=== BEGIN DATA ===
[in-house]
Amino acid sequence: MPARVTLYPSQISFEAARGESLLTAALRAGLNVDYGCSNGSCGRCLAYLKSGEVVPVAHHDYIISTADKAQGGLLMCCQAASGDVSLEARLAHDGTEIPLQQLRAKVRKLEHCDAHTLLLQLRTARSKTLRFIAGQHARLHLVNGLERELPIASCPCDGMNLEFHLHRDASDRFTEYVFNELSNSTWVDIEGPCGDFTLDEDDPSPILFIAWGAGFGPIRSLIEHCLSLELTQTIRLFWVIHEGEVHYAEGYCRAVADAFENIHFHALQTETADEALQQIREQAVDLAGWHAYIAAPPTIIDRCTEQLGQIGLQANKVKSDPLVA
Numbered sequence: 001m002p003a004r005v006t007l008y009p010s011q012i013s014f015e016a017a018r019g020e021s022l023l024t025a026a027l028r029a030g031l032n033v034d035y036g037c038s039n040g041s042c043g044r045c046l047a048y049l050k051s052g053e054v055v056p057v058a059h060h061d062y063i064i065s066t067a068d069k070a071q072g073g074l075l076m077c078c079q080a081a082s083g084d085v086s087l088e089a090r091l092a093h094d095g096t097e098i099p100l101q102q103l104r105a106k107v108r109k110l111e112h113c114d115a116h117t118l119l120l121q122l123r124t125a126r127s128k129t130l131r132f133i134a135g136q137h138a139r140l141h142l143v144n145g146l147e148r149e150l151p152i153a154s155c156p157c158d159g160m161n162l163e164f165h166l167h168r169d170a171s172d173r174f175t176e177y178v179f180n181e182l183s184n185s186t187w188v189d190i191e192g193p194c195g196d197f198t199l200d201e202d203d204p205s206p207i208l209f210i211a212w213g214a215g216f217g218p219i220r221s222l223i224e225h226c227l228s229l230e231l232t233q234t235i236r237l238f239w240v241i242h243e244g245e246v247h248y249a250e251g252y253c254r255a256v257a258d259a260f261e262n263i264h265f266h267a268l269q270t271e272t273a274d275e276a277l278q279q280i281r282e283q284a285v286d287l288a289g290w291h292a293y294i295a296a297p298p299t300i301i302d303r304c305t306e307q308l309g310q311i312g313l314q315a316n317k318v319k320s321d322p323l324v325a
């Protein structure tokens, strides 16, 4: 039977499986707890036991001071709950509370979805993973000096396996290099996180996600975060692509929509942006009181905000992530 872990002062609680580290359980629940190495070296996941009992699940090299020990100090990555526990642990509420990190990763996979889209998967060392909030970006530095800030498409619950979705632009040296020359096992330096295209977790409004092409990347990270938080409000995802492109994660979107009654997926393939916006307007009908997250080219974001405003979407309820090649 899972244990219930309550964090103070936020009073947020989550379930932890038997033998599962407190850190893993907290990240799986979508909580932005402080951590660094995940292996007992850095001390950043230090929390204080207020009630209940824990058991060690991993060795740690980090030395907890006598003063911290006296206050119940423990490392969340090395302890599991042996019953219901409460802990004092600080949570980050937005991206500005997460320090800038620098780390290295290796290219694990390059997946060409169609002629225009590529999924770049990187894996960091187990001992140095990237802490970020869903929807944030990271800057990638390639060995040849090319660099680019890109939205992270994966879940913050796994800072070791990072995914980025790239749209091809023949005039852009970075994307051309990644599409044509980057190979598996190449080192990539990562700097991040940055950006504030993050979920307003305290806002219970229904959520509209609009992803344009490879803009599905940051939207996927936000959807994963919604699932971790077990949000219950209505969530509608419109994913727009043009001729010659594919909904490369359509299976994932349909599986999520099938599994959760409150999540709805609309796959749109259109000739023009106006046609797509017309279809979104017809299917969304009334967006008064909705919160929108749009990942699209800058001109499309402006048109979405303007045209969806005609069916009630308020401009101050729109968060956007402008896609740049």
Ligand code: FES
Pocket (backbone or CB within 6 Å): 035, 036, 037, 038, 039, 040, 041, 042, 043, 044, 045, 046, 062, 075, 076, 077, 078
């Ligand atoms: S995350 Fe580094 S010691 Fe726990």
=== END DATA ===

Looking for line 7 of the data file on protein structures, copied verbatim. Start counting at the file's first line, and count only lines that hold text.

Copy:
């Ligand atoms: S995350 Fe580094 S010691 Fe726990």